John A. Sanborn died August 16, 1948, leaving a last will and testament duly probated November 23, 1948. His wife, Mary A. Sanborn, predeceased him and died on February 16, 1945. Decedent appointed The Plainfield Trust Company as executor and trustee of his will with power and authority to sell and convey any real estate of which he died seized. The only real estate of which he died seized was his residence in Plainfield.
The will provided that his wife, Mary A. Sanborn, was to receive his entire estate if living at the time of his death. In the event his wife predeceased him, the rest, residue and remainder of his estate was to go to his trustee in trust (a) to invest and reinvest the same and pay the income to his daughter, Margaret C. Diem, "for and during her natural life, and at her death to divide the estate then remaining in equal shares among the children of Margaret C. Diem, and if any of them be deceased leaving issue surviving, then the share of such deceased child shall go to and be divided among the issue of such deceased child." His trustee was given "absolute discretion," full power and authority to use the principal of the trust fund as may be necessary "to meet any emergency or extraordinary circumstances or for the comfortable support and maintenance of said daughter, Margaret C. Diem, and her children."
Decedent's real estate is of the value of $6,700. The defendants in these proceedings are the decedent's daughter, Margaret C. Diem, and her children Rolland S. Diem and his wife Anne Diem, Phyllis G. Flury and Frank Flury her husband, and Malcolm Q. Diem.
The allegations of the complaint and amended complaint are admitted and the case is submitted for decision on the pleadings.
The trustee requests instructions (a) whether the executor
and trustee may sell the real estate to meet what in the complaint is set forth to be extraordinary circumstances; and (b) whether the trust may be terminated since the defendants consent to the termination of the trust; and (c) whether the trustee, because of the emergency and extra ordinary circumstances may convey the premises to Margaret C. Diem and her children.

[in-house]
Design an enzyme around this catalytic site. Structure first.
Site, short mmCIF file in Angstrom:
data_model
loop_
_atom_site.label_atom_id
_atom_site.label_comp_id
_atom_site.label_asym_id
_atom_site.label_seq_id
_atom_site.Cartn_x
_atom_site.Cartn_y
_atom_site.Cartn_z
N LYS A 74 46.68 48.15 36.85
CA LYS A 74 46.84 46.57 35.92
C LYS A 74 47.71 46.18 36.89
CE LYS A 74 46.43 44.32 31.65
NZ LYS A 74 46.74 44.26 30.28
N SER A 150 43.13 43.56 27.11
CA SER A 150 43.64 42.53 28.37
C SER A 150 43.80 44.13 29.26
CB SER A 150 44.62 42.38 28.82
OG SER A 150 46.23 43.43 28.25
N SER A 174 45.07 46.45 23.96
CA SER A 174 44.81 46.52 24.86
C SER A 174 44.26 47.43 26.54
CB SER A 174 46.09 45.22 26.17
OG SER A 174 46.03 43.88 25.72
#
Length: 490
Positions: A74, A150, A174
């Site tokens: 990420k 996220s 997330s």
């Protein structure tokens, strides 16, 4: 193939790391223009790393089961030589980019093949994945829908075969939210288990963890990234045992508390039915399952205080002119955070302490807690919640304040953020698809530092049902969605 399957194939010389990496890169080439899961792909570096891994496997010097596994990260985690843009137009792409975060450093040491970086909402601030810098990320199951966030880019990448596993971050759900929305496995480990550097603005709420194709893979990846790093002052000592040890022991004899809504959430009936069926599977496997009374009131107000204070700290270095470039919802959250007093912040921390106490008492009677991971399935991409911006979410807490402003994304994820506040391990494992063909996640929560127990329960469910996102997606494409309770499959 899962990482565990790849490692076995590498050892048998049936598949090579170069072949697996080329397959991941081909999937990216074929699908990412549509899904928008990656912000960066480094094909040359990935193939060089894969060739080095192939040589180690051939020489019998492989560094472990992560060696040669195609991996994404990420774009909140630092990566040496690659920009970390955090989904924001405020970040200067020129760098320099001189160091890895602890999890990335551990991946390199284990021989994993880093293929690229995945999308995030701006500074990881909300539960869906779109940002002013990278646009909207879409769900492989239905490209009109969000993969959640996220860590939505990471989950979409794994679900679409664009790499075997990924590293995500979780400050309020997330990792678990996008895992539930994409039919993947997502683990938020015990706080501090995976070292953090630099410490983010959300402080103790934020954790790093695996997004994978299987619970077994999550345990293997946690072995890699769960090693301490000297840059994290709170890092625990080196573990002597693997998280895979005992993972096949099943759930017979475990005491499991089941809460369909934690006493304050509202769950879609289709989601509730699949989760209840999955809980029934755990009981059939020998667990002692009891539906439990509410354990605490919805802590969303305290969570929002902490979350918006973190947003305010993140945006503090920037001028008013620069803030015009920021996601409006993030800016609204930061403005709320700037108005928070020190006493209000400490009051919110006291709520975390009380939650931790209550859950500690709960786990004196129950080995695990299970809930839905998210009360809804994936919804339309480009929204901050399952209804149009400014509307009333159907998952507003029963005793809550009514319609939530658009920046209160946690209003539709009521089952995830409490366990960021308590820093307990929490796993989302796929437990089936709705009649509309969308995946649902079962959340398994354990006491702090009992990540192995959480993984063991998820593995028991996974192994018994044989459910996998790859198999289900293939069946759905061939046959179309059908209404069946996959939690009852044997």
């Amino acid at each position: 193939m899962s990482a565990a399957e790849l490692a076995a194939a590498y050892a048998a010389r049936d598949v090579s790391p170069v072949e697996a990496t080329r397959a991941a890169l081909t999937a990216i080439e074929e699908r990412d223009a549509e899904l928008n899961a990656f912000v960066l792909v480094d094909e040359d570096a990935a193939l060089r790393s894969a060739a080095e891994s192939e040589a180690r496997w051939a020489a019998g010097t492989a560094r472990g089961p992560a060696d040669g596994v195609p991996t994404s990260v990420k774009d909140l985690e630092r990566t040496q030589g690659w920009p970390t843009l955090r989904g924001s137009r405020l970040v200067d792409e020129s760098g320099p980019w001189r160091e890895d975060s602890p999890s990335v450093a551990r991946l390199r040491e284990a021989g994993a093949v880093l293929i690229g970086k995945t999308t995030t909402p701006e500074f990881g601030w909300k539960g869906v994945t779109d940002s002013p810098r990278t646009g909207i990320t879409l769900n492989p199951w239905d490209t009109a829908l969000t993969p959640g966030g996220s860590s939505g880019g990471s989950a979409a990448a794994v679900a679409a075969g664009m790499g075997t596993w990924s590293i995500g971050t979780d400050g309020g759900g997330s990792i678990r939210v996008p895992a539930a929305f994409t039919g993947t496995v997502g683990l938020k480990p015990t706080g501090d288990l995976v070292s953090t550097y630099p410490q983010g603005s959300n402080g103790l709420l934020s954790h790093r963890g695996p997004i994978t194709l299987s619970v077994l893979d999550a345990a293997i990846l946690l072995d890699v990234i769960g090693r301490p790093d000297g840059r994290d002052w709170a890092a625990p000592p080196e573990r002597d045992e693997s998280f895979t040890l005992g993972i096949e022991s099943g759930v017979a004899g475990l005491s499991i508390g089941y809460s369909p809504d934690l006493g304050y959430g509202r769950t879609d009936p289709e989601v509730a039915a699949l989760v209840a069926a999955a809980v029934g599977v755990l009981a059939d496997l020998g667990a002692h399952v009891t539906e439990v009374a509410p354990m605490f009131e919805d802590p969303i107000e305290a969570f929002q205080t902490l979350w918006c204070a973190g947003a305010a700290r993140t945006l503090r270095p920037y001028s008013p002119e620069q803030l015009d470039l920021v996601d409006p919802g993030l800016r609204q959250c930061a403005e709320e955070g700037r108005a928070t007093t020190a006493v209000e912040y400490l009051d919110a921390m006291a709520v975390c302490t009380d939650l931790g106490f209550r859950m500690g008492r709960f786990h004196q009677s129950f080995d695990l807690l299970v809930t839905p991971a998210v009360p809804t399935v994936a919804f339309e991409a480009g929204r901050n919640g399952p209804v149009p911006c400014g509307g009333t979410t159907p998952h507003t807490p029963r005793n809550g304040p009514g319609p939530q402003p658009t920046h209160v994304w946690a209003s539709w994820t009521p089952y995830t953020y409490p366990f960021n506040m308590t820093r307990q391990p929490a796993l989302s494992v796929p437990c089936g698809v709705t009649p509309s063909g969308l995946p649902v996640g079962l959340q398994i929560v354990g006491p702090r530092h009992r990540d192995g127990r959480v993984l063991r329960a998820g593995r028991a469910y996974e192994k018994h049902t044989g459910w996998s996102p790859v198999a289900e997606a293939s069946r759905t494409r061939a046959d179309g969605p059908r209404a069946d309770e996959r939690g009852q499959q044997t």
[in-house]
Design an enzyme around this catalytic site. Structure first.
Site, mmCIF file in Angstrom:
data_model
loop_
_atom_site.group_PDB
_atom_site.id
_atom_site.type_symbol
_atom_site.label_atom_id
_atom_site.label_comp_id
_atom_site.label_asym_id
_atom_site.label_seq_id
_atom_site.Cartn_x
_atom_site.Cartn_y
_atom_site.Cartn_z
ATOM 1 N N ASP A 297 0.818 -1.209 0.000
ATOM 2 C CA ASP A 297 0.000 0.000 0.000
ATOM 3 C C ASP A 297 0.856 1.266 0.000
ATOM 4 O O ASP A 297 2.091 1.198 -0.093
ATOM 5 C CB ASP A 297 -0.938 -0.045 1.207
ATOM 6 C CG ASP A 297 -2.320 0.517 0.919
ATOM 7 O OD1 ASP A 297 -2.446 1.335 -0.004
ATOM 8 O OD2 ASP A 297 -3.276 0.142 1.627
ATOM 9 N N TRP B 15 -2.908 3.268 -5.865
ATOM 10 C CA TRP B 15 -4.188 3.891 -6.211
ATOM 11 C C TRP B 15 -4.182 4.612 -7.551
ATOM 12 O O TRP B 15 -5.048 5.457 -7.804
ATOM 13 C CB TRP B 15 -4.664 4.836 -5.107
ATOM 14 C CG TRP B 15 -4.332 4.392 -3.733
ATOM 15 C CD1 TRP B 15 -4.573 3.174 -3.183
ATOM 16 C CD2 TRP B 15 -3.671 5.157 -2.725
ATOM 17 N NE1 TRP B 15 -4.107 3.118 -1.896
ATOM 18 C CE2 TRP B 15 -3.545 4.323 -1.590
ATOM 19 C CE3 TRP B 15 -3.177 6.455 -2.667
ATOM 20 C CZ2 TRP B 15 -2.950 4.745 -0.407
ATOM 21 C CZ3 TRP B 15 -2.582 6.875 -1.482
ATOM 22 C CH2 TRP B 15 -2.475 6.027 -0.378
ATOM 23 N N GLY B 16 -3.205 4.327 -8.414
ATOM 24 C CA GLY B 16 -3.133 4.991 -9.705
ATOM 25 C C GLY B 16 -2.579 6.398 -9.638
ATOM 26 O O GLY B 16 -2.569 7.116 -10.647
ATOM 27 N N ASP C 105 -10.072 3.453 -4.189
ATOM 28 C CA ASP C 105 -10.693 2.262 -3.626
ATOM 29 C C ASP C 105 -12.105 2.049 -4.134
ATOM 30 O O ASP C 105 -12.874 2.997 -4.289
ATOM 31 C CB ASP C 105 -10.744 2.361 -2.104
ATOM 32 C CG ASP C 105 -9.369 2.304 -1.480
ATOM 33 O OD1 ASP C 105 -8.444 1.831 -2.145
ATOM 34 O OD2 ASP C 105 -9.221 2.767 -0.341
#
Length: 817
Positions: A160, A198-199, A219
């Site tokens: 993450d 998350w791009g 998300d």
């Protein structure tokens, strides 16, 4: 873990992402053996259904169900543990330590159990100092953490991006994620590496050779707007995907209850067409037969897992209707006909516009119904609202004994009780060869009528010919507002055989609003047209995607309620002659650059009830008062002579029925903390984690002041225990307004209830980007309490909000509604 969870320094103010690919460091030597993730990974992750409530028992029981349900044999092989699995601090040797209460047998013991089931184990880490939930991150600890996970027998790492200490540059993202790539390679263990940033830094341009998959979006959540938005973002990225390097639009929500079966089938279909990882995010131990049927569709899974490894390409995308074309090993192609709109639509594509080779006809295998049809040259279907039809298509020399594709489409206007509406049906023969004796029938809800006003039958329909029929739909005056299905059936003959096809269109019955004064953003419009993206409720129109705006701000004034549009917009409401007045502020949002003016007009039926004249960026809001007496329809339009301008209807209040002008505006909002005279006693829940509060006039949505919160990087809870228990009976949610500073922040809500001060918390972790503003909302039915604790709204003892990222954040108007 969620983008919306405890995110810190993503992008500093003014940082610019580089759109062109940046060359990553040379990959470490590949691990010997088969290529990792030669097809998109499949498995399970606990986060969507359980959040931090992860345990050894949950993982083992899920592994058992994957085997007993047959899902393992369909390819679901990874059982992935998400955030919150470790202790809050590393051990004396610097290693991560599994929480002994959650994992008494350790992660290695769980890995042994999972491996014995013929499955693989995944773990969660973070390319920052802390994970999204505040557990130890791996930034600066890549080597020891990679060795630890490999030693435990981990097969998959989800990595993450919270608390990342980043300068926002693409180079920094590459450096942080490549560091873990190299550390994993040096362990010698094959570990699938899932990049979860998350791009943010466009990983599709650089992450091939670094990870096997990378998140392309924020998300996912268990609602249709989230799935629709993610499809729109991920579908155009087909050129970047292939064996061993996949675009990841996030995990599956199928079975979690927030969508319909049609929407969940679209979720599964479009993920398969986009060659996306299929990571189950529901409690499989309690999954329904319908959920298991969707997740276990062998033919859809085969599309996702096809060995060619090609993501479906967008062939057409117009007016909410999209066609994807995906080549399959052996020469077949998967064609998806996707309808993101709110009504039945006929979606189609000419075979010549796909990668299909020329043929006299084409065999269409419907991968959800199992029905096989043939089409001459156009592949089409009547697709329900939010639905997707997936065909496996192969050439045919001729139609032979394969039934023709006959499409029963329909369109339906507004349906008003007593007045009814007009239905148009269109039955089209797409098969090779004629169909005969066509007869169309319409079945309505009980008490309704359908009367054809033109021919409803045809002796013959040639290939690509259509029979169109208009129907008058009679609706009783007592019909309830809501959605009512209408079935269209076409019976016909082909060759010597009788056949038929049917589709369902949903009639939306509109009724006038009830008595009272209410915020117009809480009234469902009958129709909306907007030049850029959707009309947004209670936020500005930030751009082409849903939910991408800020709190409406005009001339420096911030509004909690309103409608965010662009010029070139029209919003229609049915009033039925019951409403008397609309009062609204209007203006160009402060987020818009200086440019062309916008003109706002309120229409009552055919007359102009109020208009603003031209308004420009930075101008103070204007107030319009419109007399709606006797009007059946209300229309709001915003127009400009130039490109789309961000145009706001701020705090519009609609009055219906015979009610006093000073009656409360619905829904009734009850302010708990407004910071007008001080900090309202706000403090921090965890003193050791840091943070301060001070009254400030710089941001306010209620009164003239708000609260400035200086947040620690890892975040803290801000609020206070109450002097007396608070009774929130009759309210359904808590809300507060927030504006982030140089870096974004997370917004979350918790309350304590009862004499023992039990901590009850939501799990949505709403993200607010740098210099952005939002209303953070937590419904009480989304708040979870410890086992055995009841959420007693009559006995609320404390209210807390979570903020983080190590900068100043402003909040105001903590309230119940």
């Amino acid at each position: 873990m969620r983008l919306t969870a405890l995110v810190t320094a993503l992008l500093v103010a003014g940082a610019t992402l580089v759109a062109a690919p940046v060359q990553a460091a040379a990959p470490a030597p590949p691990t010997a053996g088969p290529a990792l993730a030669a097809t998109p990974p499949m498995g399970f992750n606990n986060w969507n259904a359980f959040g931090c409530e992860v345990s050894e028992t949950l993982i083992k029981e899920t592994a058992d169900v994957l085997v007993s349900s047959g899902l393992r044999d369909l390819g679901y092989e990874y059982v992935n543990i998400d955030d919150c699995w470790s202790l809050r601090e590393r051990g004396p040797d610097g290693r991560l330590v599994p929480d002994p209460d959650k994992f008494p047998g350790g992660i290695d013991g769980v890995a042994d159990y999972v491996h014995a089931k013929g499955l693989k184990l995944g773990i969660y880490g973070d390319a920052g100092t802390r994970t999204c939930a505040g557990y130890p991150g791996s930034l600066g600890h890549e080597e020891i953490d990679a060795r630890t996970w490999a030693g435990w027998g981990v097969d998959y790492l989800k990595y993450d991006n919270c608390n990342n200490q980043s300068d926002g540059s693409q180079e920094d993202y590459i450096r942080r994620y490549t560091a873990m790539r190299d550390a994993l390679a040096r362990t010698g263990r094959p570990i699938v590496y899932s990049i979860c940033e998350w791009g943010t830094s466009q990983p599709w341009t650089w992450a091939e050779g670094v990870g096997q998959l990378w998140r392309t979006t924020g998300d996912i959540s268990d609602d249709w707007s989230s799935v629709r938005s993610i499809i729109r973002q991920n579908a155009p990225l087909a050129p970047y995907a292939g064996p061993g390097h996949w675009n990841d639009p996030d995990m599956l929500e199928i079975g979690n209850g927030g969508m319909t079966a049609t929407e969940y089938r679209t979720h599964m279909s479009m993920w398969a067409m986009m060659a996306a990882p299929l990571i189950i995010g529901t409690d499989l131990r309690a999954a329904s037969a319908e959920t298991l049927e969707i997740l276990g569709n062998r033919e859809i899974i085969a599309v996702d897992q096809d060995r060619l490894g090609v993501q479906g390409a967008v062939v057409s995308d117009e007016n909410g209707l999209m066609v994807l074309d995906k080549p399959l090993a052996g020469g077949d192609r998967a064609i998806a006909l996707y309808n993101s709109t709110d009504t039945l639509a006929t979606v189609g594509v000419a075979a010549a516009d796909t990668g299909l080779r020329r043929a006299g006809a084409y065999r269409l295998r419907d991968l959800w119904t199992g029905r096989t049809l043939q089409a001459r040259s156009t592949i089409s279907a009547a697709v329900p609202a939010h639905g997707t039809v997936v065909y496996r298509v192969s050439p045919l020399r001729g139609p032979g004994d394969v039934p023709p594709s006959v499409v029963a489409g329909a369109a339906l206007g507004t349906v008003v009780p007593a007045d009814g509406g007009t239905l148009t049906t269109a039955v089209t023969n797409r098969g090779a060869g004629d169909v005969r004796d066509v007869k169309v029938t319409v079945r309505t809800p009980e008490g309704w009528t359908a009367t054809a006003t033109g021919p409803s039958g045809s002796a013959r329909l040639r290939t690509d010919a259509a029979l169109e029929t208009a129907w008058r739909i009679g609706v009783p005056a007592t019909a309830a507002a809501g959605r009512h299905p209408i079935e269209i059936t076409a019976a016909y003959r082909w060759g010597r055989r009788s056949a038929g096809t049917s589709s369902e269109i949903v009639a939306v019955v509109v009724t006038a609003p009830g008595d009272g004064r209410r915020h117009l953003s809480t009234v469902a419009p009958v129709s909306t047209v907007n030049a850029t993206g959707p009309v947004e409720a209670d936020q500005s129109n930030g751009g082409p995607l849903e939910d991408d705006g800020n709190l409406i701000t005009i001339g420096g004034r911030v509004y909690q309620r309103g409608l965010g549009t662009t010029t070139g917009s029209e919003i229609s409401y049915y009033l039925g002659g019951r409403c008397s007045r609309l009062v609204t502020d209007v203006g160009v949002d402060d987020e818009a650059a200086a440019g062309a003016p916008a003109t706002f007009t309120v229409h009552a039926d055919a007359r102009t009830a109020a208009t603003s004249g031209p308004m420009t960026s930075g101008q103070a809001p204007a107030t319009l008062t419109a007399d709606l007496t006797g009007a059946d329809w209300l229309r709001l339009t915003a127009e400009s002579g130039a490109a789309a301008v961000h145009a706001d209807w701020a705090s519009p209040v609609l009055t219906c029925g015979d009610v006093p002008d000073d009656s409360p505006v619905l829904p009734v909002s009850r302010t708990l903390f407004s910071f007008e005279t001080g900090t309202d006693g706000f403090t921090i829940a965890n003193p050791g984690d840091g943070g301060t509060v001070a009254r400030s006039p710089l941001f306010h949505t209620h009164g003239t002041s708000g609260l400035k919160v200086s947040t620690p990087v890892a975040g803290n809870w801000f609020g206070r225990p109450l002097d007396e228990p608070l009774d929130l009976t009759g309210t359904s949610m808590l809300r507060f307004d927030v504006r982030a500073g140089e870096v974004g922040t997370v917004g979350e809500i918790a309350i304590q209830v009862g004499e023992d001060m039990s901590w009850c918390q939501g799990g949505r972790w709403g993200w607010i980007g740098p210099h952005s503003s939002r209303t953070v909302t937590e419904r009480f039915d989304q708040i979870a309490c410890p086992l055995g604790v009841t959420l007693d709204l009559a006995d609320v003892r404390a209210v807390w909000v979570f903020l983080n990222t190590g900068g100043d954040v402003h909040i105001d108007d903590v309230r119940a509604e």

The complaint alleges the emergency and the extraordinary circumstances to be that the estate owes Margaret C. Diem who occupies the real estate $2,663.77 as of March 6, 1951, for expenses incurred in decorating and repairing the real estate. Margaret C. Diem resides in the house and pays the trustee $30 rent monthly.
The executor and trustee may sell the real estate under its discretionary power. The trust may not be terminated even though Margaret C. Diem and her children join in the prayer that such may be done, since under the will it is provided that if any of the children of Margaret C. Diem "be deceased leaving issue surviving, then the share of such deceased child shall go to and be divided among the issue of such deceased child." Persons not yet in being have an interest. Nor may the trustee convey the premises to Margaret C. Diem and her children which would, under the circumstances, in effect accomplish the desire to terminate the trust.
The estate is not possessed of personal property. The daughter has paid in rent $930 since September, 1948, at the rate of $30 a month apparently in order to put the trustee in funds to pay the taxes assessed from time to time against the property, and paid in addition the sum mentioned for decorating and repairing the property. In the orderly administration of the trust, the trustee would have been obliged to expend this money if there had been any personal estate.
If and when the real estate is disposed of Margaret C. Diem is ...